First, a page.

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Mgmt not allowing bikes at work, need help(19 posts)

Mgmt not allowing bikes at work, need helpdealy663
Sep 10, 2002 8:06 AM
Hi,

Today I was informed that our buildings property management has arbitrarily decided that those of us who commute to work cannot bring our bikes in the building. I know that people having been commuting to work here on their bikes for at least a year now.

I'm going to try to get a meeting with the property manager that has made this decision. I was hoping some of you here might have some ideas for arguments that might be useful in getting this person to change their minds.

Anyone know of any successful campaigns with other property managers?

Thanks Derek
any reasons given?DougSloan
Sep 10, 2002 8:11 AM
I'd find out the concerns -- space, muddy tire tracks on the carpet, liability...?

Maybe consider lockers or some sort of secure area?

I doubt ecological concerns will convince the management.

You might try to see your employer's lease to see if there is any restriction; without a restriction, you may well have a right to bring the bike in just like any other piece of personal property. Will your employer back you?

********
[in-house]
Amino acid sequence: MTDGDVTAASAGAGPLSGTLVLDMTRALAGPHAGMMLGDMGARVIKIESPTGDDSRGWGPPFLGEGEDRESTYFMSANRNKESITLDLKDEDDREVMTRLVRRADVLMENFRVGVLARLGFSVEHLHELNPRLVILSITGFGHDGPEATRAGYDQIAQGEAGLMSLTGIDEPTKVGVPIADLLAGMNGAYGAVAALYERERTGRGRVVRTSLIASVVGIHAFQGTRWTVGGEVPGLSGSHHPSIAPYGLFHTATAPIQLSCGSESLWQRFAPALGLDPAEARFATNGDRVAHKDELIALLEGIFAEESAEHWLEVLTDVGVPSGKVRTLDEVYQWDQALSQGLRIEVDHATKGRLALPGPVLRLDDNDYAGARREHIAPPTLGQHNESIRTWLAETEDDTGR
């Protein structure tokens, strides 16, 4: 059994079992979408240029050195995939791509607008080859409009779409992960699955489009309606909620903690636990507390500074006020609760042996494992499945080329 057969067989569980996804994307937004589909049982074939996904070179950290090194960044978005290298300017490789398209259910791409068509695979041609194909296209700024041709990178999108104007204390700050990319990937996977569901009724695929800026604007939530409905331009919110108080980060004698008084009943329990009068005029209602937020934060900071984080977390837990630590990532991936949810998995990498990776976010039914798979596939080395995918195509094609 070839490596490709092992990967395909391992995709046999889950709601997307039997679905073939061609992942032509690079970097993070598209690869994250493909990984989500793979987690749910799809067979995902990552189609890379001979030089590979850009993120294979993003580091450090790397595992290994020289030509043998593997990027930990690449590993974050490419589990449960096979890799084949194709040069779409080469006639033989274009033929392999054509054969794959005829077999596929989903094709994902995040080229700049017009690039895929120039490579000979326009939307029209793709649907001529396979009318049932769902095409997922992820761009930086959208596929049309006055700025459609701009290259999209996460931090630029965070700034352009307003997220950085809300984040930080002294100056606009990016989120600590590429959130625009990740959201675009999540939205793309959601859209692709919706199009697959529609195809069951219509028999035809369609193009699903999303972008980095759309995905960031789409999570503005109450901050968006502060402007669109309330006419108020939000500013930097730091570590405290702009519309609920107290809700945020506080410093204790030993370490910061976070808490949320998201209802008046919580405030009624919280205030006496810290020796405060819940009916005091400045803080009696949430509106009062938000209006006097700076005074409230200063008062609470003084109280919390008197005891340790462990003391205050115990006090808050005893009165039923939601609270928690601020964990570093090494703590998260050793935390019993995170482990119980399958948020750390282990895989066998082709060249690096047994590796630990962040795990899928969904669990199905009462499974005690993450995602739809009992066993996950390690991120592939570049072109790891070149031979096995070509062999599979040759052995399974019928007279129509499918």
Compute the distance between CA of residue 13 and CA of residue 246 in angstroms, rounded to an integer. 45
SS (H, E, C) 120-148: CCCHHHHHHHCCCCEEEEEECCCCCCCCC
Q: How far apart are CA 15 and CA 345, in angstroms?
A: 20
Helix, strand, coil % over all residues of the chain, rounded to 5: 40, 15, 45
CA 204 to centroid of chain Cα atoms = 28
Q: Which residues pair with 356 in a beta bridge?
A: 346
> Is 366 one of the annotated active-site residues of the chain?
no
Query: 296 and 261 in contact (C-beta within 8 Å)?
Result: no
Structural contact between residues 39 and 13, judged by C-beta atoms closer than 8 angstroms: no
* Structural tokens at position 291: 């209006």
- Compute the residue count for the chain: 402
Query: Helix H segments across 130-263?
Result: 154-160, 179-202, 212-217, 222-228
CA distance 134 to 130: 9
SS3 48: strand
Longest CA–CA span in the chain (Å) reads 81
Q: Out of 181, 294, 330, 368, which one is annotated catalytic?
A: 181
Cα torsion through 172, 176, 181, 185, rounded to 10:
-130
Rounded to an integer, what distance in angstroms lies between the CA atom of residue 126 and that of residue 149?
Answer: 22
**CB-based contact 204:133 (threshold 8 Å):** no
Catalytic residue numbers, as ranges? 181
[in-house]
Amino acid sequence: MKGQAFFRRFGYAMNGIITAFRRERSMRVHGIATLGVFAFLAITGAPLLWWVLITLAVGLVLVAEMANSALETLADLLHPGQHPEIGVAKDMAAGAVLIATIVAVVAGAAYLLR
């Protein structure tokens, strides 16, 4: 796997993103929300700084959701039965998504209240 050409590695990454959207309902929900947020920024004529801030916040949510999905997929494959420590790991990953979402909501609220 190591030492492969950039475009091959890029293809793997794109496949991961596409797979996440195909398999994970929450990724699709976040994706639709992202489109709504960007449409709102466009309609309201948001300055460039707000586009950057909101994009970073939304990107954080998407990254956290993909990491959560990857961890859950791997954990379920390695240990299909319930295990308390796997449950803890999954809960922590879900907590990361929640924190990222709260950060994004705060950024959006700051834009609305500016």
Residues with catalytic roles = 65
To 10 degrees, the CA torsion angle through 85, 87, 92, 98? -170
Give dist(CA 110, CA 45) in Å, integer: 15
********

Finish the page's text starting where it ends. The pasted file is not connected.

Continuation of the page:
Doug
Find out the real reason.triple shot espresso
Sep 10, 2002 8:14 AM
It's easy to assume that the decision is arbitrary but it rarely is. Talk to the people in charge, they may have concerns about black marks from tires in hallways, inappropriate parking of bikes in lobbies or the blocking of exits and ways to an exit. Propose a set of rules that you and your fellow commuters would voluntarily comply with and enforce.
League of American Bicyclists saysTig
Sep 10, 2002 8:15 AM
Why Support Bicycle Commuters?
Businesses:
More parking spaces for your car-driving customers.
A cleaner environment is a cheaper place to do business.
Supporting bike commuters will earn you a loyal, healthy clientele.
http://www.bikeleague.org/educenter/factsheets/commutersupport.htm

You might be able to dig up more on their website.
A couple of ideas......Dave Hickey
Sep 10, 2002 8:27 AM
Is there a loading dock in the building? How about a parking garage? Maybe the management company will let you store bikes somewhere indoor.
Get the policy on paper.onespeed
Sep 10, 2002 8:31 AM
Then go to work on finding a way around it. The management and the workers who enforce the policy are always in conflict. I had a similar situation in a building I used to work in. The management told me I could not bring my bike into the building. I had to find a way around it.